CISA threat: How cybersecurity may harm Americans privacy and hit whistleblowers
Two years after CISPA, the controversial bill allowing govt access to corporate customer data, was defeated its new incarnation hit the senate. Critics say CISA lost not only one letter in the name but also the privacy safeguards of its predecessor.
The draft legislation coauthored by Senate Intelligence Committee Chairman Dianne Feinstein and Senate Intelligence Committee Vice Chairman Saxby Chambliss as approved by closed session committee.
The bill allows companies to voluntary share information on cyber-threats with government and exempts them from liability for harm done to their customers in doing so.
Opponents of the bill say in many regards it’s worse than its predecessor and are mounting a public resistance campaign, hoping it will send the draft into CISPA-like oblivion.
1. Whistleblower threat
CISPA would allow companies share information with the government with the specific goal of fighting cybercrimes. CISA goes on to include investigation and prosecution of ID theft, economic espionage, theft of trade secrets and even violation of Espionage Act. The WW1 law the Obama Administration has used more than all previous administrations combined.
Fear CISA would become a new tool for the government to go after whistleblowers and investigative journalists reporting on leaks come as no surprise.
2. Military at the helm
Data volunteered by companies under CISA would go to the Dept of Homeland Security, which in turn would be obliged to share it with the Defense Dept and coordinate countermeasures with the military.
Opponents of the bill are not thrilled to see the NSA involved in domestic cybersecurity given its Pentagon roots and its enormous surveillance reach. They say the bill actually puts the military in charge of domestic operations, a move hardly in line with the spirit of the US Constitution.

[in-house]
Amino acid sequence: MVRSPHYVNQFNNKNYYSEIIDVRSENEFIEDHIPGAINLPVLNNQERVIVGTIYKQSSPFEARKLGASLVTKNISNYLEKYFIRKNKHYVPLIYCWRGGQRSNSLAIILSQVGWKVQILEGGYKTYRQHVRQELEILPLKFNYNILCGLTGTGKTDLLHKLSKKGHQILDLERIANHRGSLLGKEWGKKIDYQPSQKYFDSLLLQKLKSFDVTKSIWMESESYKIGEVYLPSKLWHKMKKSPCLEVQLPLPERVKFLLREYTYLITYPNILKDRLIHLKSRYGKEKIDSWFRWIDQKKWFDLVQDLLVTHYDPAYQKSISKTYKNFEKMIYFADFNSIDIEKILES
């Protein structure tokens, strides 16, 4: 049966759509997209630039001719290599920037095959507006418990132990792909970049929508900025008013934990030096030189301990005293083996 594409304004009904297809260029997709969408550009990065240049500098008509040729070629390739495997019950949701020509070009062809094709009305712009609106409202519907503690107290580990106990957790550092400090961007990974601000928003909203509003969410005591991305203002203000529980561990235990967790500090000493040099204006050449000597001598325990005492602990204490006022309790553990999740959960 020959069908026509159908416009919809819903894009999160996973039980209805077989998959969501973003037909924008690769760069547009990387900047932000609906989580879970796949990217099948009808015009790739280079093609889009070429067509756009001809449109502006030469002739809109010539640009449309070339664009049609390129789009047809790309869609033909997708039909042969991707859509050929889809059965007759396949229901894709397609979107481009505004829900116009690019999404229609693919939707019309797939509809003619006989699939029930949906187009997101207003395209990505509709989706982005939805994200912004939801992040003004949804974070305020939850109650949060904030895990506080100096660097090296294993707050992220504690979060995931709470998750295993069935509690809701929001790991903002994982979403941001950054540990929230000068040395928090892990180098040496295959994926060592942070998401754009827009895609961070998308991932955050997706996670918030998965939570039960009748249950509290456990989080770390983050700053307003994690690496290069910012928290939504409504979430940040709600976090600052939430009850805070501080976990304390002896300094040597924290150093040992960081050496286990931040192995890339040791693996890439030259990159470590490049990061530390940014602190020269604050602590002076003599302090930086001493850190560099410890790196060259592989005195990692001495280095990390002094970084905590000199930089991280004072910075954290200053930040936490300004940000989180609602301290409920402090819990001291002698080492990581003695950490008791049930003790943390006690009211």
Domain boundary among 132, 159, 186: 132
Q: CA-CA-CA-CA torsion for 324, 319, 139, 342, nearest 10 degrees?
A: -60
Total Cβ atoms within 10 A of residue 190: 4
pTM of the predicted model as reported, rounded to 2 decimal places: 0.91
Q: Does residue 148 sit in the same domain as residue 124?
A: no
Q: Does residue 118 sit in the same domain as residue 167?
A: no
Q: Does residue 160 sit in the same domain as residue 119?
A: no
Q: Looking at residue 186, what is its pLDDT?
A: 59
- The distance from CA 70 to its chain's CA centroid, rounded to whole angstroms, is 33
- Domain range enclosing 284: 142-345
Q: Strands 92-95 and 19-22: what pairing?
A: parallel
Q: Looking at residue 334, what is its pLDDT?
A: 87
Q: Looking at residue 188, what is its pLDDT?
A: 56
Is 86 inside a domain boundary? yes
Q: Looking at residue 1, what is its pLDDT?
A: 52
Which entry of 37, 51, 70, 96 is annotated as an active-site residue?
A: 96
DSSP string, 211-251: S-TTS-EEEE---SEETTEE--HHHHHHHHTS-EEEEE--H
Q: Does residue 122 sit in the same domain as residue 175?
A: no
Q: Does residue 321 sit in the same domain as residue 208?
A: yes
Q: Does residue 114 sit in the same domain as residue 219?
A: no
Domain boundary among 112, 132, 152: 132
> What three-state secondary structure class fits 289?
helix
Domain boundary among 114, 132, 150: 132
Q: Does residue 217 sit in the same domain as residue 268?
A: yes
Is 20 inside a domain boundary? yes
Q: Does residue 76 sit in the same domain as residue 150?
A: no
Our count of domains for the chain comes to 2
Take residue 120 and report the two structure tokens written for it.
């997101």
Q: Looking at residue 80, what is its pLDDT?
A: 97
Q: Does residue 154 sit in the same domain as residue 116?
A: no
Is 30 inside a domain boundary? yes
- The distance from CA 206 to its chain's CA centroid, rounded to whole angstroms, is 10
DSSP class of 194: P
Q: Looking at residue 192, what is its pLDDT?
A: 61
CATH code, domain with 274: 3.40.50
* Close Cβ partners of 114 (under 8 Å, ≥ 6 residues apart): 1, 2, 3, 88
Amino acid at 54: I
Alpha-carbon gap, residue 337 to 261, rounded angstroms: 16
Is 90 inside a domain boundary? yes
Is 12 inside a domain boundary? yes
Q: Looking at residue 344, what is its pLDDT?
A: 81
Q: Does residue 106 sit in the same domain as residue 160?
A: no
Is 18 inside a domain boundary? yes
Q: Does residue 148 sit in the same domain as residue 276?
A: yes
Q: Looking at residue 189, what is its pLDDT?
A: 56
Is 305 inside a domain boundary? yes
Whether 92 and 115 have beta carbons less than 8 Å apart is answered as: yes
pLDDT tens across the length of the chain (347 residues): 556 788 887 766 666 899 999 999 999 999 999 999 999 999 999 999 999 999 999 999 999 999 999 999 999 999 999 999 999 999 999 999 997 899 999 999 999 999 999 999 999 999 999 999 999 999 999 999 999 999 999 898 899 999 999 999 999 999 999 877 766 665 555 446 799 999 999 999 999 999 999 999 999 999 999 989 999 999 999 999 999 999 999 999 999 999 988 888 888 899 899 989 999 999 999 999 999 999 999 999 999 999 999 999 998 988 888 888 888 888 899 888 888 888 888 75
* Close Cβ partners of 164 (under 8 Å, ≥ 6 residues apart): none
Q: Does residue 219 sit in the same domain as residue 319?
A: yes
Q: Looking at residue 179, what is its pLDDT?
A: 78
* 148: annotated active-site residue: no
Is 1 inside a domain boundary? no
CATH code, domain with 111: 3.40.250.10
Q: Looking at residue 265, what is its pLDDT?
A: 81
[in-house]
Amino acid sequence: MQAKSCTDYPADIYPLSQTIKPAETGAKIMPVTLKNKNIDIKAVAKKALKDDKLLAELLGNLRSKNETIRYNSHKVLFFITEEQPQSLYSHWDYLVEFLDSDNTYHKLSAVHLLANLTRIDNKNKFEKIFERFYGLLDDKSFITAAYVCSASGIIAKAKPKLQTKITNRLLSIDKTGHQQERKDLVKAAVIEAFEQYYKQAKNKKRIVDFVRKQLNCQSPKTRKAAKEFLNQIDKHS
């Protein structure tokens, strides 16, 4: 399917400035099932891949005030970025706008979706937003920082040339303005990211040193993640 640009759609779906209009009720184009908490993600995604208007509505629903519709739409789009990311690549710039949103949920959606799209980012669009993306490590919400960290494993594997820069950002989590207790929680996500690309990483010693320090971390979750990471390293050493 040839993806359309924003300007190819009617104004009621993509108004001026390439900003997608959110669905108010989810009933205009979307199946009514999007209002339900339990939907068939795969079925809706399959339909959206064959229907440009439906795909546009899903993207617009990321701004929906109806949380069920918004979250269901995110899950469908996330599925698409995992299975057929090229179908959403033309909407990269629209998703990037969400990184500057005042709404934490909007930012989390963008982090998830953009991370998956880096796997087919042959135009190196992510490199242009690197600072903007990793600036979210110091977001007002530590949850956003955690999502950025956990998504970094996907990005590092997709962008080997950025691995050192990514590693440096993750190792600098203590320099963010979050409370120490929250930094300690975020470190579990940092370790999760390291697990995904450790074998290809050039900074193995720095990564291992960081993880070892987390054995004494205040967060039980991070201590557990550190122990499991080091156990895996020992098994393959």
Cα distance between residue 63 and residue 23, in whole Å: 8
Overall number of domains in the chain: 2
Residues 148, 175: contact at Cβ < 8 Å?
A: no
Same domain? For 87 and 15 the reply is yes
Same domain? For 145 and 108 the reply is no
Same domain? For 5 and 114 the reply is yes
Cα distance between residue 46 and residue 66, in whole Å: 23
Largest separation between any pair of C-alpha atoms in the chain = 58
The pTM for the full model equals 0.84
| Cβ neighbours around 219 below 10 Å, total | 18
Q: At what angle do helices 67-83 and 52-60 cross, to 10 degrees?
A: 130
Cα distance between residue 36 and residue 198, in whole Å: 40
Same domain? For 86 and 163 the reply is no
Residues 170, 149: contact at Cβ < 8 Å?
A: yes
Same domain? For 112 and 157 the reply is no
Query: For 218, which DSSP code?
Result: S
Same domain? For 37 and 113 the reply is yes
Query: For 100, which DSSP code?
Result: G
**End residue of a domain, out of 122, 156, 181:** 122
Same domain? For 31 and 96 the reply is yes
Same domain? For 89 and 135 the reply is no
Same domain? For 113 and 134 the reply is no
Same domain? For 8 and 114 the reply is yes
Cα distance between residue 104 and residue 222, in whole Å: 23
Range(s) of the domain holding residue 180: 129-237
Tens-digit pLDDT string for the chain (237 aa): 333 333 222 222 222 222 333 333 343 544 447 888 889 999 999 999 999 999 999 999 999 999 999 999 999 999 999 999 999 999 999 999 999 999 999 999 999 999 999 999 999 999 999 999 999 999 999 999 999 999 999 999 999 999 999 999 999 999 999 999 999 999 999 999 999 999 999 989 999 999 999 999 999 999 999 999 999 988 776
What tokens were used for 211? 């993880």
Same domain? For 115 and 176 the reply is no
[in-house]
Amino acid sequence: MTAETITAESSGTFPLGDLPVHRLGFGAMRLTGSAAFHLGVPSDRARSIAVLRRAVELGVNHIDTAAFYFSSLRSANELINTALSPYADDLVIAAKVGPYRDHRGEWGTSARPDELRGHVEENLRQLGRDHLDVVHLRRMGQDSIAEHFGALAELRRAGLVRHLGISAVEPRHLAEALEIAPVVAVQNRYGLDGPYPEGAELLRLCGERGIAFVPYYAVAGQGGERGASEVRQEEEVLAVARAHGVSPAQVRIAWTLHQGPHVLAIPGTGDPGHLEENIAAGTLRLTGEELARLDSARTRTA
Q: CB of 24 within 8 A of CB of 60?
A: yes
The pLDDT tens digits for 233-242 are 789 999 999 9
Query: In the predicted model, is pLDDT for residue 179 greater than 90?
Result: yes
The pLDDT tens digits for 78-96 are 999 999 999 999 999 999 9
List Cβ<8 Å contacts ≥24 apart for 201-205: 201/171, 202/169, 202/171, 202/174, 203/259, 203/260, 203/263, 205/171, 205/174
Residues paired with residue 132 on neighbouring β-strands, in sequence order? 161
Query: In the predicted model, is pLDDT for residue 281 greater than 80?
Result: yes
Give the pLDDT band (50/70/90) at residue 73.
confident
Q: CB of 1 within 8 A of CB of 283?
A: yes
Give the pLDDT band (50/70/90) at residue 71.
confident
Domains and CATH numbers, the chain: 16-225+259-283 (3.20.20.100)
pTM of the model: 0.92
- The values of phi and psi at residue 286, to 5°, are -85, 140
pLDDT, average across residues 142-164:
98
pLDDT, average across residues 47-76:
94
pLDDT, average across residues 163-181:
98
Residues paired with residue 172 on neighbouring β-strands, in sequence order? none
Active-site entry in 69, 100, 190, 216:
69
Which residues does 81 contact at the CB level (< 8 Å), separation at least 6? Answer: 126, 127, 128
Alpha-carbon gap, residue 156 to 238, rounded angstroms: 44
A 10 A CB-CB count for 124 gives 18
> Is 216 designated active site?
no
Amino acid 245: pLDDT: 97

— Fight for the Future (@fightfortheftr) July 10, 2014
3. No-bar response
Not only does the bill take a catchall approach to what kind of data is regarded as “cybersecurity info” that can be given to government with impunity, it also puts little restraint on how the government would be allowed to act on it.
In theory, it allows the government to act on a website terms of service violation or infect a person’s computer with malware on suspicion of possible cybercrime.
4. No accountability
The bill protects companies handing over customer data so broadly that merely stating that they acted on good faith seems to shield them from any legal action, whether or not violations of the Wiretap Act or other privacy protection legislation are involved.
— JamesFromTheInternet (@JamesFTInternet) July 10, 2014
5. Anonymization not required
Both CISPA and CISA require that the company wipes information they share from personally identifiable information. But where the former required that the company took reasonable effort to do it, the latter says it must be done only if the company knows the information is personal, if the person is a US citizen and if the information is not directly related to a cybersecurity threat.
This attempt at protecting privacy is inadequate for bill critics.
6. Obfuscated sharing
Data sharing will be shielded from public and government oversight under CISA, which excepts it from local sunshine laws and FoI requests. Removing legal means to prevent misuse of the legislation would be a major blow to transparency, the critics say.
— Access (@accessnow) July 10, 2014
7. Wrong message to post-Snowden America
Critics believe that the bill not only gives the govt too much power at the expense of public privacy protection, but also does so at a time when lawmakers should address public concerns sparked by Edward Snowden’s revelations.
The bill fails to do so and seems to protect some of the practices, like NSA’s stockpiling software vulnerabilities for espionage purposes.